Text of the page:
As a Spotify heavy user and classical music enthusiast, I was often at a loss as to how to narrow down my  music queries on Spotify. Having read this article, it turns out there’s more to the search bar than one might think. The article below shows how you can make use of hidden tags and keywords inside the Spotify search engine.

reblogged from, July 19, 2011

How To Search For Classical Music On Spotify
After the US launch, I’ve seen more than a few complaints about Spotify’s metadata and search function from classical fans that are new to this service. Yes it is not perfect, and a bit tricky to figure out how to use it for classical music in a short time all by yourself. I’ve been using Spotify for two years and I hope this tutorial will be helpful for you to get the most out of Spotify.

First, let us be fair, Spotify is not responsible for the metadata problem. They got contents from dozens of classical labels, each of them tag their albums differently. It would be nice if they could re-tag all contents using a uniform standard, like Naxos did for all the contents on Naxos Music Library (that’s why all Naxos related contents are tagged properly on Spotify too), but as a start-up I don’t think at this moment it’s worth the time and money for Spotify to correct it just for a few classical fans like us, I mean, market-wise.

Secondly, I think Spotify’s metadata is not that bad. If you know what you are specifically looking for, most of the time you can find it right away. Just like their instant playback, there’s almost no response time in search either (unlike in iTunes Store you have to wait for a page to load).

Let’s get started: You can find the official introduction to search on the Spotify page. Here I’ll try to elaborate a little bit for classical music fans specially. All links in examples are click-able and are linked to the search results in Spotify. First example: If you are looking for Harnoncourt’s Beethoven Symphony No. 8, simply search for Harnoncourt Beethoven Symphony No8 and the next second you are already listening to it.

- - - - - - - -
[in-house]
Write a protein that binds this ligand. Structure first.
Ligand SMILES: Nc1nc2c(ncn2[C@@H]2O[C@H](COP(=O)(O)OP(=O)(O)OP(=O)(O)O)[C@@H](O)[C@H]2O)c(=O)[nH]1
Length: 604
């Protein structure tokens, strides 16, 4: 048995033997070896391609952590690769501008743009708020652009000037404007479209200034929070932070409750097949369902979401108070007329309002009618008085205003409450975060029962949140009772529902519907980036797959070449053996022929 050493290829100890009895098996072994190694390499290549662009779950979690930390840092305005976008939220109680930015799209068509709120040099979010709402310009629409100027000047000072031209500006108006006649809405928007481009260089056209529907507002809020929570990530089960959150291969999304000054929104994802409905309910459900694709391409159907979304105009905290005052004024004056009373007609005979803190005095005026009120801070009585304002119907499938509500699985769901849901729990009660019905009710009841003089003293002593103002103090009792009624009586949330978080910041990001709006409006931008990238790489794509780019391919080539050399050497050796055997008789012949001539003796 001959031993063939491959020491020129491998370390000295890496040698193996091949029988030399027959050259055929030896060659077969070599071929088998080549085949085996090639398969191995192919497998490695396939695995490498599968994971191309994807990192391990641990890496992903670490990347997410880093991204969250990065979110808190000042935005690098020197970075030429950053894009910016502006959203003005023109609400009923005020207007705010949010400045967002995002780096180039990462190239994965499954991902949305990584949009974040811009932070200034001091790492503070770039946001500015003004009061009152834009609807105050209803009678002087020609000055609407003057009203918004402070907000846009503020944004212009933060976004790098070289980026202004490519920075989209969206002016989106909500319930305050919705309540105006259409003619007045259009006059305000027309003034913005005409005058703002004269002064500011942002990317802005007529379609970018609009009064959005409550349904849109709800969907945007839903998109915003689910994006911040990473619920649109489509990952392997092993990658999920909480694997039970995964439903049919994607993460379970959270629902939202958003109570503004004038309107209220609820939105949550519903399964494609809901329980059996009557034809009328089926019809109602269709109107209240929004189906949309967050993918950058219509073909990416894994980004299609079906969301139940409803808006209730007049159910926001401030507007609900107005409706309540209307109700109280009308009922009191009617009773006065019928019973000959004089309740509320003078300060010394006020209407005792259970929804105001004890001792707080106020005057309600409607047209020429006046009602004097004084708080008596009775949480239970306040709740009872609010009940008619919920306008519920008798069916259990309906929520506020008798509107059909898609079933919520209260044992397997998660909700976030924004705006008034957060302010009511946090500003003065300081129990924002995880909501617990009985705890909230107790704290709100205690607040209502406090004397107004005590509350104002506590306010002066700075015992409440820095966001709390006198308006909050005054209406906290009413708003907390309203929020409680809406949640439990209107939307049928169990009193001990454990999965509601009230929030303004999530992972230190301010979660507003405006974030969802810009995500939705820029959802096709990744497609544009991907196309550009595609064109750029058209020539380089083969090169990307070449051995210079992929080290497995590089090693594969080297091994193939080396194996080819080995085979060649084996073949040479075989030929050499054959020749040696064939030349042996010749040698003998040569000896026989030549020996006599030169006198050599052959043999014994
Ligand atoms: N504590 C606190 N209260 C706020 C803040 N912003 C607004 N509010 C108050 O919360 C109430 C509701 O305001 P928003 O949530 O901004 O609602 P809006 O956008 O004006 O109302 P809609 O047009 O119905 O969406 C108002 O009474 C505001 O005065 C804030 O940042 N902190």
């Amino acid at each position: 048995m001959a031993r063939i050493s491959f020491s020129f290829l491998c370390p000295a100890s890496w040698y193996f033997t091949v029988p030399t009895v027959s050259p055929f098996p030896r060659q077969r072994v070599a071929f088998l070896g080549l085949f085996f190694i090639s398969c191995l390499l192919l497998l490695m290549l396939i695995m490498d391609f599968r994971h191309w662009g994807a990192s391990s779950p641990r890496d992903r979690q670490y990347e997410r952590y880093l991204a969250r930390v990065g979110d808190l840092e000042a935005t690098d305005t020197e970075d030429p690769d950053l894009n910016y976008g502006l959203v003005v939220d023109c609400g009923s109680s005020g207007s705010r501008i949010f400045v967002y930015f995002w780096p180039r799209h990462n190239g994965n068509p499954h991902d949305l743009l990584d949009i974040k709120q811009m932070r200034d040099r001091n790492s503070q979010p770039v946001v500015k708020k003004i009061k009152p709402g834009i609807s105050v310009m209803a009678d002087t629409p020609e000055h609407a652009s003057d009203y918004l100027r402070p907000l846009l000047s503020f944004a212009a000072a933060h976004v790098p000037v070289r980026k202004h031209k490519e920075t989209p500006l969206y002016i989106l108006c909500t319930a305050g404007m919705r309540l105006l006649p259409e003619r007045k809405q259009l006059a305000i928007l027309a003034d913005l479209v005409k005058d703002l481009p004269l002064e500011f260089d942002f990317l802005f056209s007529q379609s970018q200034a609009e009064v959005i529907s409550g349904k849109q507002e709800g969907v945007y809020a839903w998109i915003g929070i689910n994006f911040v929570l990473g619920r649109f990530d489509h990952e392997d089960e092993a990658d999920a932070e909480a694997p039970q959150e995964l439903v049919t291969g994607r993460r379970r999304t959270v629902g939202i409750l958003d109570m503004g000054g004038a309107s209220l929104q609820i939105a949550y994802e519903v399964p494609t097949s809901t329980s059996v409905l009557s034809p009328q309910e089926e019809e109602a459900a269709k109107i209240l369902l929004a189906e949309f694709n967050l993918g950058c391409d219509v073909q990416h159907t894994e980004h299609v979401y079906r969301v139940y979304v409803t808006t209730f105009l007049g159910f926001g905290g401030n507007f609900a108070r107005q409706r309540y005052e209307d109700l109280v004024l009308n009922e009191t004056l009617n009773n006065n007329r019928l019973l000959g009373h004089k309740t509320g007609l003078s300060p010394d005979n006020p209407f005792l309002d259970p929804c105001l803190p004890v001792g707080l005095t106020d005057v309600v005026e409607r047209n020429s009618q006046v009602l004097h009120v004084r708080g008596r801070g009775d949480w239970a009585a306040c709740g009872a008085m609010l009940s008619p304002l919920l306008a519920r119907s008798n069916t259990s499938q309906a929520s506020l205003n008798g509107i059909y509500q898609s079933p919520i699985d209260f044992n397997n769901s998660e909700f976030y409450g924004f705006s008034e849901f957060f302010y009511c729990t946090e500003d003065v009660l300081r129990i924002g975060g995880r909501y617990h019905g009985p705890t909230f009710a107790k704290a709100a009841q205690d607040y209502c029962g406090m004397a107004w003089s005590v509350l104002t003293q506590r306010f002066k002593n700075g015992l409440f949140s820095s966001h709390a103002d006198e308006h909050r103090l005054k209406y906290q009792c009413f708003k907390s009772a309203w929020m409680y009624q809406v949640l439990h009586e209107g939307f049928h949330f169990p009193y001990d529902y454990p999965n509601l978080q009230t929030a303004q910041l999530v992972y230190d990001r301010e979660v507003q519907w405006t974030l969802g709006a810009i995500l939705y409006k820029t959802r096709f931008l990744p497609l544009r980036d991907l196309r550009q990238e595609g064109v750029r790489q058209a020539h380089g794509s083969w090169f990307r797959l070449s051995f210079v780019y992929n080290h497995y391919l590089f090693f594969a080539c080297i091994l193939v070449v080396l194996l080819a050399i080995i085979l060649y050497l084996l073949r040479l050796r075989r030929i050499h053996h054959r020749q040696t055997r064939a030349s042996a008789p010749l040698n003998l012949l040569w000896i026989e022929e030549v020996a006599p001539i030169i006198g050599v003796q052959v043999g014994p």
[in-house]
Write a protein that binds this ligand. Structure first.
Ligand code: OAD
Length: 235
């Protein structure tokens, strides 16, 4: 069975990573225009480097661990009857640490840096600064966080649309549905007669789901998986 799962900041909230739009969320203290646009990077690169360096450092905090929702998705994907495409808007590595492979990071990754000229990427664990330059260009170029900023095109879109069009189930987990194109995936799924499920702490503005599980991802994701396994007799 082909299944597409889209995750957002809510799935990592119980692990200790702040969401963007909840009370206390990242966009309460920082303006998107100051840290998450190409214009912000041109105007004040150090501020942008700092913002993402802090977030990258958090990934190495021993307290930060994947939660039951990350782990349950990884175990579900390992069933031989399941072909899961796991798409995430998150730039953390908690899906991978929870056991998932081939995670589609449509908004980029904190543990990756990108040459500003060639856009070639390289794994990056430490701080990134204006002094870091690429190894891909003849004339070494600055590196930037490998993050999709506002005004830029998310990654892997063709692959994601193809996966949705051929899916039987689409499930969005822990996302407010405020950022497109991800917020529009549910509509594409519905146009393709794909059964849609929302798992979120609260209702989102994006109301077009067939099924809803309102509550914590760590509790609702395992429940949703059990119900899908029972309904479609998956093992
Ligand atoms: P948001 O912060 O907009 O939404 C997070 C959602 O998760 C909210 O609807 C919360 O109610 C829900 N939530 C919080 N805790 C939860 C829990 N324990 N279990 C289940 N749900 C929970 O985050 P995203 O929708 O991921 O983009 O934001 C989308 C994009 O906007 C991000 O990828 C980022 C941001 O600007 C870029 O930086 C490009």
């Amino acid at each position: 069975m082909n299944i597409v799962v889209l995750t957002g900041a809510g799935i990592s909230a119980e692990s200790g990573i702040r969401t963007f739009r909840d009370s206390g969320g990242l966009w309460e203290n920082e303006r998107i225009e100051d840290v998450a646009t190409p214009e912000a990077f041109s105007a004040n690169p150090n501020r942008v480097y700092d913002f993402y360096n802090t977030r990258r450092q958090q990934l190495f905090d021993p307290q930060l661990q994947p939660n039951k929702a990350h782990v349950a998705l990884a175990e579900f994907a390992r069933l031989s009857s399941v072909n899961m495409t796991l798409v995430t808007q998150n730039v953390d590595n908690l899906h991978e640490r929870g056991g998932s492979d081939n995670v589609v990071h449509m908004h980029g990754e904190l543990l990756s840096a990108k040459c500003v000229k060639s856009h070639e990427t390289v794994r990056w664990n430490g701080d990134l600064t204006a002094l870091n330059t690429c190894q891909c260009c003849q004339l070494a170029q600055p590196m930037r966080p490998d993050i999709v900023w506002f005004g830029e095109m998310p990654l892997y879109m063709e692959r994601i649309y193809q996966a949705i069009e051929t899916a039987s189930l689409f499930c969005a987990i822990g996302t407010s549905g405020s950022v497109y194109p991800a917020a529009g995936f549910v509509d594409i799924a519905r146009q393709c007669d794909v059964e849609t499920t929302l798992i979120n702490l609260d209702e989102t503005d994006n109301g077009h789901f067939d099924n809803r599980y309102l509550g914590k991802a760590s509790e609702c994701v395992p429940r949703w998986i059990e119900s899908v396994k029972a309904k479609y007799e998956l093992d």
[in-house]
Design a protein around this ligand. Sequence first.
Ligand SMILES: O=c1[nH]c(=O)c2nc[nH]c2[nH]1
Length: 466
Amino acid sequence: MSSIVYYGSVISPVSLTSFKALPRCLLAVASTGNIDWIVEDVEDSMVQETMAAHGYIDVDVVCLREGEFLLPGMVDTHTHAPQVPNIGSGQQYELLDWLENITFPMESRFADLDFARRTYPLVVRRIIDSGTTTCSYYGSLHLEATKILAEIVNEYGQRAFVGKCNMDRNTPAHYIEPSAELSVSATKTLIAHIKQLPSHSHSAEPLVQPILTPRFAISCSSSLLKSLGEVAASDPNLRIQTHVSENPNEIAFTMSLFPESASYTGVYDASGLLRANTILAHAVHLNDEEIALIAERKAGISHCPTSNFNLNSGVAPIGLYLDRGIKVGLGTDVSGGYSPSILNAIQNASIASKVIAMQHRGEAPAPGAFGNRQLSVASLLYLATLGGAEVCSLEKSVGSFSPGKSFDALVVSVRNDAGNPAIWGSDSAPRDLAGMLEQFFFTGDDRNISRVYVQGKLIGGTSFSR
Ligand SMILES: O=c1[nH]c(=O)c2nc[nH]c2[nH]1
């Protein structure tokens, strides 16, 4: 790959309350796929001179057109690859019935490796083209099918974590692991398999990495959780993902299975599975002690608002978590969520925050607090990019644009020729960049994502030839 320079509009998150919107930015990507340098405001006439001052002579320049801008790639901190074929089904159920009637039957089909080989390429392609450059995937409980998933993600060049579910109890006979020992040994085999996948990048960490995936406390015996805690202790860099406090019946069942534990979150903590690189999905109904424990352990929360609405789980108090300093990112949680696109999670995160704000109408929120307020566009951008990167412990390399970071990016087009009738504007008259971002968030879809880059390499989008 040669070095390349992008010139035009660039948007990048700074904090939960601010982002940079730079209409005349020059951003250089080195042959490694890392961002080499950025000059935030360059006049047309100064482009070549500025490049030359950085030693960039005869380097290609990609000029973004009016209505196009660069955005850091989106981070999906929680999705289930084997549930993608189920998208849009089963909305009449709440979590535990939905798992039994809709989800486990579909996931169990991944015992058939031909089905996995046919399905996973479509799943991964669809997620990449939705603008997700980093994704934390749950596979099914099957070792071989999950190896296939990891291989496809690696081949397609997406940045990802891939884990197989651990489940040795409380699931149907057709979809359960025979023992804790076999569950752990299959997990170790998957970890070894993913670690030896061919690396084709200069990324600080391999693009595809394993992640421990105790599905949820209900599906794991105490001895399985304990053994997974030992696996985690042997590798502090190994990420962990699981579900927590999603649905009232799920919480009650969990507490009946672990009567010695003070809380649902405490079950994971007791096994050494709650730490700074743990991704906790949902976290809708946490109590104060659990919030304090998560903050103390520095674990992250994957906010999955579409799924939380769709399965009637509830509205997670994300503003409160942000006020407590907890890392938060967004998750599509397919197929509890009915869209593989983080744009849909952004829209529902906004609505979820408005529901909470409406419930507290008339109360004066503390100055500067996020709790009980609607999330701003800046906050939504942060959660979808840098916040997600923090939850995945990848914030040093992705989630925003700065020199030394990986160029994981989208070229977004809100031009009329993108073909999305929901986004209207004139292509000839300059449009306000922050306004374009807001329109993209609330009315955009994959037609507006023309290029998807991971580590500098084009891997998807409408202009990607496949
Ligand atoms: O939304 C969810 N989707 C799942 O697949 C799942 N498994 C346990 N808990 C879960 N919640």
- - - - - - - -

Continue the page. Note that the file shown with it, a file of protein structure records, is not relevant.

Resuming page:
Search tips:

1, Less is more. Note that in the above example, you don’t need to add Symphony into the search query, because Harnoncourt didn’t record Beethoven’s piano sonata No.8 or string quartet No.8, and some labels might tag it as Symphonie.

2, Precision is import too. If you are looking for Mozart’s Piano Concerto No.20, you’d better search for Mozart Concerto No20, even though some label might tag it as concerti. If you just use Mozart No20 the results would also include symphony no.20 etc.

3, Label search: many excellent classical labels are already on Spotify, you can find them by search for label:name. Like: EMI, Decca, Deutsche Grammophon, Naxos, Harmonia Mundi, CPO, Mode and many more. Try it for yourself, note that for two-word label names, you need to add a dash, like label:harmonia-mundi. Or use quotes, like label:”deutsche grammophon”

4, Year. Want to know who many new Liszt recordings are released in his bicentenary year? Search for: Year:2011 Liszt. You can also choose time frame, like year:2009-2011 Bruckner.